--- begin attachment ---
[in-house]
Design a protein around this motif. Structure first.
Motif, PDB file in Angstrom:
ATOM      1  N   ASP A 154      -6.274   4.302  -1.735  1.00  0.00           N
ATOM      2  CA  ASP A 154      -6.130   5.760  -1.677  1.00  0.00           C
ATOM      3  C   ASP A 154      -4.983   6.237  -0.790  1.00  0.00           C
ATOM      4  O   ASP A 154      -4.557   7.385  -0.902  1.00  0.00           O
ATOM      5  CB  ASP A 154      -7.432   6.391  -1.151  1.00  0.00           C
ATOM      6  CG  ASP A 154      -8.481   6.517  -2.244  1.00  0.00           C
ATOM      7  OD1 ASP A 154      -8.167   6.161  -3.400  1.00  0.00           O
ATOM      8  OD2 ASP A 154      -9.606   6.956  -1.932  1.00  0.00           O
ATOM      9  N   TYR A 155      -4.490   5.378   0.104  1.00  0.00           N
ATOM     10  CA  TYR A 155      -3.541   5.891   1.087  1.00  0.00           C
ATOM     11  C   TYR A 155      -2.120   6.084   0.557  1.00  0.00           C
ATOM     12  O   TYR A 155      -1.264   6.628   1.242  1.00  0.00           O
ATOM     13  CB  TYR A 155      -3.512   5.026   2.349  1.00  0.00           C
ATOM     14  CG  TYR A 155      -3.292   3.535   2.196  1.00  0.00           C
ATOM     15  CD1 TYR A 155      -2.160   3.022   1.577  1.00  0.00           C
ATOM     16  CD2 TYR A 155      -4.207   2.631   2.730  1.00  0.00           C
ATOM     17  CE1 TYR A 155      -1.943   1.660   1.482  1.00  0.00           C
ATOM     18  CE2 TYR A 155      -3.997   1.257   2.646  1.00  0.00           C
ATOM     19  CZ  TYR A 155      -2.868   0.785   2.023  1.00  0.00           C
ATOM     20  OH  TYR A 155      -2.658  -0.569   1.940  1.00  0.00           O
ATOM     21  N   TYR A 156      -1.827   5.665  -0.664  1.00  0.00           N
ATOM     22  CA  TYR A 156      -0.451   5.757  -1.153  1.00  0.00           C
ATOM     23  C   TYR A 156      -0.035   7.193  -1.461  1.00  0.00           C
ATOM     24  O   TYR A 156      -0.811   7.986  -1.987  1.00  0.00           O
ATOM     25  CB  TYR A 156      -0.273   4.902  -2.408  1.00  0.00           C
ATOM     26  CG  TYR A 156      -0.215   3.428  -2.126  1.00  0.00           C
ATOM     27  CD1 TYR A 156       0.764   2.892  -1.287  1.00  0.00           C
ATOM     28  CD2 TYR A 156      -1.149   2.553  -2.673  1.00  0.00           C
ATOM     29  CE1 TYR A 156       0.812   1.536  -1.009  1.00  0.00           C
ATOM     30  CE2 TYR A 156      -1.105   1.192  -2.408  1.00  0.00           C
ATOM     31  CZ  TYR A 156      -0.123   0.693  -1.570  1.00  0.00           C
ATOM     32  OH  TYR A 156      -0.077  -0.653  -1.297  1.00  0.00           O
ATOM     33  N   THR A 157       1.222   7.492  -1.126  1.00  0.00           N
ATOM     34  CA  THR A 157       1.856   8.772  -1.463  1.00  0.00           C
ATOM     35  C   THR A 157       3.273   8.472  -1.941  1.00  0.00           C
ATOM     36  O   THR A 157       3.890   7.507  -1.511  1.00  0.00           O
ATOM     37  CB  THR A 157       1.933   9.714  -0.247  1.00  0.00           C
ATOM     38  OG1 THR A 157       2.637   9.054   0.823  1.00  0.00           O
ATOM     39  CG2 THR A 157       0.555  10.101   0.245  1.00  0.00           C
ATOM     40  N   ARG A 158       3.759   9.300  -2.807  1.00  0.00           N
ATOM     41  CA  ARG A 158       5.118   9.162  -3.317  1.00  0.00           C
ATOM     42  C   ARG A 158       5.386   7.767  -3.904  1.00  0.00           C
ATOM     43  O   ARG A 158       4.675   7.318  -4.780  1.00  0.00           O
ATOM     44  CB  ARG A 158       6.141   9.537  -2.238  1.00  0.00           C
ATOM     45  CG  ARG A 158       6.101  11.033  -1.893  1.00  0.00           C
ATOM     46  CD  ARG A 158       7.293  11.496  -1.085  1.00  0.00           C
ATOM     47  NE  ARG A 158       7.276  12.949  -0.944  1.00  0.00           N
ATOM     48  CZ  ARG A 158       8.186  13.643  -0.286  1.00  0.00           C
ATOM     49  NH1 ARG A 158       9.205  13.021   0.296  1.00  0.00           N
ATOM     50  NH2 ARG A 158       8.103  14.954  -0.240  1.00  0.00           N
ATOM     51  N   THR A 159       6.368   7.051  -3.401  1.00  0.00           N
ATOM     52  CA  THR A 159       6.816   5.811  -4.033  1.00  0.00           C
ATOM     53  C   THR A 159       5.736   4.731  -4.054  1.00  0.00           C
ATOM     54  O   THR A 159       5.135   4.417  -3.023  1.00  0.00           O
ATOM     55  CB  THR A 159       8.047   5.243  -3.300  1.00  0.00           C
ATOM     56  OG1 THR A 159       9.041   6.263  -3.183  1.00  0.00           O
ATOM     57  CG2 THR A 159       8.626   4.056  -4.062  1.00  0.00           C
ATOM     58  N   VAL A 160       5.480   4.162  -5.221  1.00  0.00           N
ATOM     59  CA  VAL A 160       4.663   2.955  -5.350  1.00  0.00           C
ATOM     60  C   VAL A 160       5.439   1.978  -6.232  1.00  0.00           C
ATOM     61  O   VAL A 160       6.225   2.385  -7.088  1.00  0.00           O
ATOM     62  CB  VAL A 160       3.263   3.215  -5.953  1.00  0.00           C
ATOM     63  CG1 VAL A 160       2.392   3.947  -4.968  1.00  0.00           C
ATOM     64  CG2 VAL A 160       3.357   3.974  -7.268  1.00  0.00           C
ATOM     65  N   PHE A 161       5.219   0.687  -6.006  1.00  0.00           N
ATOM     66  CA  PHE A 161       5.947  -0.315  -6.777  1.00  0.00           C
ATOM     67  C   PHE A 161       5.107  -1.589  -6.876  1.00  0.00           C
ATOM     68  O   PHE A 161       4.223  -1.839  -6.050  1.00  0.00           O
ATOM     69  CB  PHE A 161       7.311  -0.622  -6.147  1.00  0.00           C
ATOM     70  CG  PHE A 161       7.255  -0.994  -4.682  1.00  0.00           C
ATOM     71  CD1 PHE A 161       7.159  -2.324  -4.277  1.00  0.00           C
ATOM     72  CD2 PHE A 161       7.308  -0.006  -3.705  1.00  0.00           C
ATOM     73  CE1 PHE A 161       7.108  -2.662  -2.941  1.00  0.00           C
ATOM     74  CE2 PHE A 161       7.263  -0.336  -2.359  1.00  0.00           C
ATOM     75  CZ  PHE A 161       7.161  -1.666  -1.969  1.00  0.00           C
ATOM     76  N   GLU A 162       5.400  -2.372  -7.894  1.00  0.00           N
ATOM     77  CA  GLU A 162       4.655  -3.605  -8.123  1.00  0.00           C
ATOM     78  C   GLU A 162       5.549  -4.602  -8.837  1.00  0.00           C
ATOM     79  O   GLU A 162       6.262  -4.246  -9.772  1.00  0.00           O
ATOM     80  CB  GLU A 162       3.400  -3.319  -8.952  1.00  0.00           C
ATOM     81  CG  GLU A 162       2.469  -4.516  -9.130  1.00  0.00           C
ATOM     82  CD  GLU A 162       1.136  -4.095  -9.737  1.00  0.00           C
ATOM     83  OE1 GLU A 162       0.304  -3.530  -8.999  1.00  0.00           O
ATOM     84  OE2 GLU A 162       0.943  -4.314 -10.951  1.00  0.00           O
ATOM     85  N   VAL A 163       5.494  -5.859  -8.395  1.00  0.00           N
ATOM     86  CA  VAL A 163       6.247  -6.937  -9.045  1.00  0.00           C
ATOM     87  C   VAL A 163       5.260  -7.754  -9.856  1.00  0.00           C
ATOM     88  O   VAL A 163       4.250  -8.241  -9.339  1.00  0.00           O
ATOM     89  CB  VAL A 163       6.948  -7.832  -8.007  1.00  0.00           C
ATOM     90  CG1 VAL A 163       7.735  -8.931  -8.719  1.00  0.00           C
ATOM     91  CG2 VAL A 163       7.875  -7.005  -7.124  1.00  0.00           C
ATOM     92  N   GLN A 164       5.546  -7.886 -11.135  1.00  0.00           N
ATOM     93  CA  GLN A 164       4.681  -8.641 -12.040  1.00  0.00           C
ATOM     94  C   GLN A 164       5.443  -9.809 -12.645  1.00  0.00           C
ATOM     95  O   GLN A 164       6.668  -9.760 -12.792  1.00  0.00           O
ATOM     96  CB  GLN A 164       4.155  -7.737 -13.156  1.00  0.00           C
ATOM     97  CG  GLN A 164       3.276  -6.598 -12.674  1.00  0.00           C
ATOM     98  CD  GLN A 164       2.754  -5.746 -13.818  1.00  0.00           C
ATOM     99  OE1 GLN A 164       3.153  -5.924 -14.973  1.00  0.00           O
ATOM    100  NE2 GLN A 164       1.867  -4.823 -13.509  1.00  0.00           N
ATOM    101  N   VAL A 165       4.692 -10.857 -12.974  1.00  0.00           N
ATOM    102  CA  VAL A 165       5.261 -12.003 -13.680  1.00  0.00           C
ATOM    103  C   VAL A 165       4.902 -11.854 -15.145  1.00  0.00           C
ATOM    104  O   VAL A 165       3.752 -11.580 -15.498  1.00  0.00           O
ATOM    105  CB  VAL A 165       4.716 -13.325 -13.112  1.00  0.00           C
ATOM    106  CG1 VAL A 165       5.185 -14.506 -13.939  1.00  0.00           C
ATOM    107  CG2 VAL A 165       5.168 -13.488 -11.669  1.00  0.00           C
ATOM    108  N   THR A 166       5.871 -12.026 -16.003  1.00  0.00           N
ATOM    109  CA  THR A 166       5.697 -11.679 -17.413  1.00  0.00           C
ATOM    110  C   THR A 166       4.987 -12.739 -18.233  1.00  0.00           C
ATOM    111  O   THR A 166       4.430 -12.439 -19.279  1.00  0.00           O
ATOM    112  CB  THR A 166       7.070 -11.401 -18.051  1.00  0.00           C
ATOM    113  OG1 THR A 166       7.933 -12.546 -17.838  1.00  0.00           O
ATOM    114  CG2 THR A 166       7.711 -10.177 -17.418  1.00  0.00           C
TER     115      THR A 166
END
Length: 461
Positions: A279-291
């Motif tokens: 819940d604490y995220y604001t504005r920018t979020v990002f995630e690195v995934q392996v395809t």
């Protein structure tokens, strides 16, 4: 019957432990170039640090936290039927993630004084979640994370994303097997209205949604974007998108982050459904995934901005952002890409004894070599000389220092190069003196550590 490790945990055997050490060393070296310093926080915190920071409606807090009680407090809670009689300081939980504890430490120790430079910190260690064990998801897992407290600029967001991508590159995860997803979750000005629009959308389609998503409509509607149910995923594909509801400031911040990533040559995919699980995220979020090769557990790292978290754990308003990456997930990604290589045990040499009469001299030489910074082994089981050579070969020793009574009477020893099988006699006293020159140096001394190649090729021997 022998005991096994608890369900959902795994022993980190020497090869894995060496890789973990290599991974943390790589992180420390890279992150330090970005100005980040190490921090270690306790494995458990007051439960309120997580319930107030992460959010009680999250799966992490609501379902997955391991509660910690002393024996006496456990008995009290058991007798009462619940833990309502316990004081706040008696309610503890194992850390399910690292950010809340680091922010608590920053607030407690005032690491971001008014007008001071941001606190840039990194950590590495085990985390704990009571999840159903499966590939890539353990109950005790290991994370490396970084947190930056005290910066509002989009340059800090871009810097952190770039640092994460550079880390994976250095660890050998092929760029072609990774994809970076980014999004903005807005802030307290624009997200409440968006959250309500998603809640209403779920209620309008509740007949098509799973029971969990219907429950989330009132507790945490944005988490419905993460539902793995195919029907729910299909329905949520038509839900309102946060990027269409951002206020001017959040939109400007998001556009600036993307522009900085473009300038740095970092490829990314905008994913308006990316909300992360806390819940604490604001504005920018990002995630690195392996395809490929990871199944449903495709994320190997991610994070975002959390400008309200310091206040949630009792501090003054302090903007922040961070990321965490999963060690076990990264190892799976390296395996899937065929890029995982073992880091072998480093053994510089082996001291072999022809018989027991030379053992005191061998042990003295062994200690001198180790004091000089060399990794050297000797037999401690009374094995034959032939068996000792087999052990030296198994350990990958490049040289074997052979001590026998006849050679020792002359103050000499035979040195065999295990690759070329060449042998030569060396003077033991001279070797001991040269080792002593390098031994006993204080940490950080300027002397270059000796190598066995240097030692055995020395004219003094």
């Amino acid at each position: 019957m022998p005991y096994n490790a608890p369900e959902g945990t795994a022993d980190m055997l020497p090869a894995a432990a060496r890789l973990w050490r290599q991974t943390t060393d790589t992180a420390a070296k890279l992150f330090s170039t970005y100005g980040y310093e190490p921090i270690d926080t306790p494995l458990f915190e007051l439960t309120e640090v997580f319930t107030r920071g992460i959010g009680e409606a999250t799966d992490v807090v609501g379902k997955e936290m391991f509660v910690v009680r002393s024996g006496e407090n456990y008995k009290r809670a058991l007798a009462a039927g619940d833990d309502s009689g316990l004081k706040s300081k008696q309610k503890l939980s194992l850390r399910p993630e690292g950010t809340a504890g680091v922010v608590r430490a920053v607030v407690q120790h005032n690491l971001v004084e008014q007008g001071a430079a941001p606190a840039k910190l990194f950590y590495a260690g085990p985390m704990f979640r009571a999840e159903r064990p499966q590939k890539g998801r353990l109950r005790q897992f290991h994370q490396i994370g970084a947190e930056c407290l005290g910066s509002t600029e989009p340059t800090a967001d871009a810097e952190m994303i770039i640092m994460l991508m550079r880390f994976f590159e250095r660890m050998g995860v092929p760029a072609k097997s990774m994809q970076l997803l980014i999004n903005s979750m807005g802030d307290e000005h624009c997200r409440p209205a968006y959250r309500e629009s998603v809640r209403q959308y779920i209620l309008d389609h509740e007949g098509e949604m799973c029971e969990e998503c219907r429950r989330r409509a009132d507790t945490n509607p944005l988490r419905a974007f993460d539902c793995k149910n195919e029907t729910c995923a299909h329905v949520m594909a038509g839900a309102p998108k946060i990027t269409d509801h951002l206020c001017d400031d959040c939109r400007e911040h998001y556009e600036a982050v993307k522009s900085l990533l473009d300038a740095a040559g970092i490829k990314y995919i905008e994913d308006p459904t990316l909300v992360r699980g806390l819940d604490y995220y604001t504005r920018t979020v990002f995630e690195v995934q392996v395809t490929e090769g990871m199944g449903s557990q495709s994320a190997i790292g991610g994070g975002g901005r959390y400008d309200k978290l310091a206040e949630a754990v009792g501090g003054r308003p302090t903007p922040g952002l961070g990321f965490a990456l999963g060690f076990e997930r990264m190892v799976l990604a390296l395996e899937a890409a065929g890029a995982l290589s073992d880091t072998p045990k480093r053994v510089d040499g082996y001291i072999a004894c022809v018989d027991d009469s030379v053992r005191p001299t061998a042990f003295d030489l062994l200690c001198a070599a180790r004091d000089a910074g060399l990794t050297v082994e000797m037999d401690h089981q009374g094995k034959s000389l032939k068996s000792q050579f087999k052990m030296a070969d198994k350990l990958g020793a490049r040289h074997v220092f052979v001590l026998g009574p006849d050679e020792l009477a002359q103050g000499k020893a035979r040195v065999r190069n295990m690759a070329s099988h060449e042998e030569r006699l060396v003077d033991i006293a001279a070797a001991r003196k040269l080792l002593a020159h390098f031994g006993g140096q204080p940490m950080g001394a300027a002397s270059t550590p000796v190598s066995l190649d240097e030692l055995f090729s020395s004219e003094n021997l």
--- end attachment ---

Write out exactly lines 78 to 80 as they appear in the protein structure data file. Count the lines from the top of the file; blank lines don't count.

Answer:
ATOM     75  CZ  PHE A 161       7.161  -1.666  -1.969  1.00  0.00           C
ATOM     76  N   GLU A 162       5.400  -2.372  -7.894  1.00  0.00           N
ATOM     77  CA  GLU A 162       4.655  -3.605  -8.123  1.00  0.00           C